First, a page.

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Bakst: Carcieri still drifting -- "or worse"

The ProJo's Charlie Bakst returns from vacation today with a forceful blast aimed squarely at Governor Carcieri, asserting that "his administration has continued to appear to be drifting. Or worse."

The governor's administration is none too happy with some of the coverage it has been receiving in the Journal, believing that its achievements have been given short shrift and some of the DOT issues made to seem worse than they are.

Yet Bakst finds particular fault with the governor's response to Child Advocate Jametta Alston's lawsuit against DCYF:

But it also was unnerving to hear Carcieri say he’d been completely unaware of the wholesale abuse the suit outlined and that he did not know Alston had wanted to meet with him to address the problems in advance of bringing the suit.

And it was unnerving to see that when Carcieri boasted of moving to end “night-to-night placements” in which youngsters in state care don’t know from day to day where they’ll sleep, Alston had to note there’d been at least 25 such placements in the last two months.

And it was unnerving to see that 24 hours after launching a review of allegations of abuse of foster children, Carcieri announced there was no evidence of intentional wrongdoing by DCYF. Did he think a quick glance by his own administration was going to ease the public’s mind? Even DCYF director Patricia Martinez said it was too early to tell if anyone bungled responsibilities.

Bakst also takes Carcieri to task on big-picture economic development:

Meanwhile, on a cheerier topic, Carcieri was pleased to announce reaching his goal of creating 20,000 private-sector jobs. OK, it took six months longer than anticipated, and I don’t fault him for that, and I encourage him and other officials to continue to set targets. But this particular goal was modest to begin with.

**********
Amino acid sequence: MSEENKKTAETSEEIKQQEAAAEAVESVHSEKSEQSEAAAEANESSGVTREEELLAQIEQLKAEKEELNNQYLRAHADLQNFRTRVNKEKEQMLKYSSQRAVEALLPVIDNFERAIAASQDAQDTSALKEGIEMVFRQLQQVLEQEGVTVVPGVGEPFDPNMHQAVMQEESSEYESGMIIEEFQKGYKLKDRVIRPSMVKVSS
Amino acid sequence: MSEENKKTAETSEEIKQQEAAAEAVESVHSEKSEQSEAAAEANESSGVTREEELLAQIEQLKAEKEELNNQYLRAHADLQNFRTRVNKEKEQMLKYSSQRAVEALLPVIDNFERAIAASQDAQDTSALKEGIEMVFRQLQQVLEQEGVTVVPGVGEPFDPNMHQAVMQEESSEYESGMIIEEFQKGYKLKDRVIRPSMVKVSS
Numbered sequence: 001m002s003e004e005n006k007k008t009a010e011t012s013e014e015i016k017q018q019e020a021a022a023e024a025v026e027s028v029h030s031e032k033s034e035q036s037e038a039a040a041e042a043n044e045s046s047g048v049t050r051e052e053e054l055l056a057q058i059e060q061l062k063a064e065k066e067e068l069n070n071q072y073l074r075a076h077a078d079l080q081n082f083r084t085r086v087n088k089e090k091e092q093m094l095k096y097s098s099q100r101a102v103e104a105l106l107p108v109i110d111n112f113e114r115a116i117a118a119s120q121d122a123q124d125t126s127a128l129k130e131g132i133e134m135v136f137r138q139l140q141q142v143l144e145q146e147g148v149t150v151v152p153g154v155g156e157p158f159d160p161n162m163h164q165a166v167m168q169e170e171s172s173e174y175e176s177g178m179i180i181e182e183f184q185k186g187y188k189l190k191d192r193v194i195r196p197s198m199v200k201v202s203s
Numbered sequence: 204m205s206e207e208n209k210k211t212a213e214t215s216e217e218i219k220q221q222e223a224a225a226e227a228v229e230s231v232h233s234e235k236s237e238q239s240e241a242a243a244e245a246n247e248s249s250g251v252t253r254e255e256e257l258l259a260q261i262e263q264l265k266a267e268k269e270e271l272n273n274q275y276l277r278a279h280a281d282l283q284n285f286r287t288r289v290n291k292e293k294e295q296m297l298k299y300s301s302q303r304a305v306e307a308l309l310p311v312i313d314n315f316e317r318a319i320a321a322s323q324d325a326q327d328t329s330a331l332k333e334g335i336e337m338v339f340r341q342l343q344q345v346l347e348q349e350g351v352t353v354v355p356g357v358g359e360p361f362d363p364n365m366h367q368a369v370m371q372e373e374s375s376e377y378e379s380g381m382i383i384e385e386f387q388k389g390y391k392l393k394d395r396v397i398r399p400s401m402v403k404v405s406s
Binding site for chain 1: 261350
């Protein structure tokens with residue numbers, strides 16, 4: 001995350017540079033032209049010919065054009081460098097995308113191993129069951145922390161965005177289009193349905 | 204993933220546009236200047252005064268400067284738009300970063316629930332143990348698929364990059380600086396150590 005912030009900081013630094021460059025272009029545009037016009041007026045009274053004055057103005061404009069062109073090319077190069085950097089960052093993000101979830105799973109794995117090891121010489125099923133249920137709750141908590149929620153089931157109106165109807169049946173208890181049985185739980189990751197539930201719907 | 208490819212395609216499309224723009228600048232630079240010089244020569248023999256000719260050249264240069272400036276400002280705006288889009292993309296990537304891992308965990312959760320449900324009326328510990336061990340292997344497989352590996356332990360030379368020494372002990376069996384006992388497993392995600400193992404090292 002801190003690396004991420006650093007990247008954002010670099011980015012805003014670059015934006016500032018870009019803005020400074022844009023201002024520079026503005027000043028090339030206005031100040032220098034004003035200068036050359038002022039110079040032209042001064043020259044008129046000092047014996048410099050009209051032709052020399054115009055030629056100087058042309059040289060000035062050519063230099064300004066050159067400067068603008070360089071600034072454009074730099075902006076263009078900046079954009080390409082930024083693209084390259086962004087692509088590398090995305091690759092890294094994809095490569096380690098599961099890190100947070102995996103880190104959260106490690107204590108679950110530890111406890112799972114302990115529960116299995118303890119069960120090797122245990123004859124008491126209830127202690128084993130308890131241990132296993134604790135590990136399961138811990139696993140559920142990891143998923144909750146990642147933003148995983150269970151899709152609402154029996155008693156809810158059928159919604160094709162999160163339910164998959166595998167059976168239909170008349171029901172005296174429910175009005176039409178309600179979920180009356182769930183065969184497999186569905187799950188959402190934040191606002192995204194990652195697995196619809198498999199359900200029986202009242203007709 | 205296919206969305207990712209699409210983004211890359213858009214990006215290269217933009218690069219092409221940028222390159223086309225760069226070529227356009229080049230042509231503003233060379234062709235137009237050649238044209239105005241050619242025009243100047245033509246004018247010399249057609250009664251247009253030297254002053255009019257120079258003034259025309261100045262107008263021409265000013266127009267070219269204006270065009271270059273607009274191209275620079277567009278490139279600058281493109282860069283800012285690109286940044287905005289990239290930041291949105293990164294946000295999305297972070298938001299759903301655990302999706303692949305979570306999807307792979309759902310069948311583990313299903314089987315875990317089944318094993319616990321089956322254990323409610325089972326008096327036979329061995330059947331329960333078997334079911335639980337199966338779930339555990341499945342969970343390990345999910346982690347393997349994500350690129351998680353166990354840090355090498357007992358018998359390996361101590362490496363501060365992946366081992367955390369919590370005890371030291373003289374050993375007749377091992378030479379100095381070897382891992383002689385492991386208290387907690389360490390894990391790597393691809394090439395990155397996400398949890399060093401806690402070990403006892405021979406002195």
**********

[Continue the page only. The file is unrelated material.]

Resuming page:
And I leave it to you to judge whether Rhode Island’s economic picture is bright. Do you have a job? Is it satisfying, does it pay well, can you afford a place to live, can you send your kids to college? Can they get a decent job and find a place to live? Does the economy provide the tax money the state government needs if it is to be responsible and humane?

The Boston Globe reports that Governor Patrick has a plan to invest $1 billion in biotechnology, including $500 million in borrowing for a stem-cell bank and gene research center at the University of Massachusetts. He told legislators, “This is our chance to capture the field, to create thousands of new jobs and make a lasting contribution to humanity.”

I wish Carcieri talked that way. Unfortunately, for openers, the socially conservative governor is down on embryonic stem-cell research. I won’t argue with him here. But what bold plan does he have for creating jobs and helping mankind that approaches what Patrick wants to do in Massachusetts?

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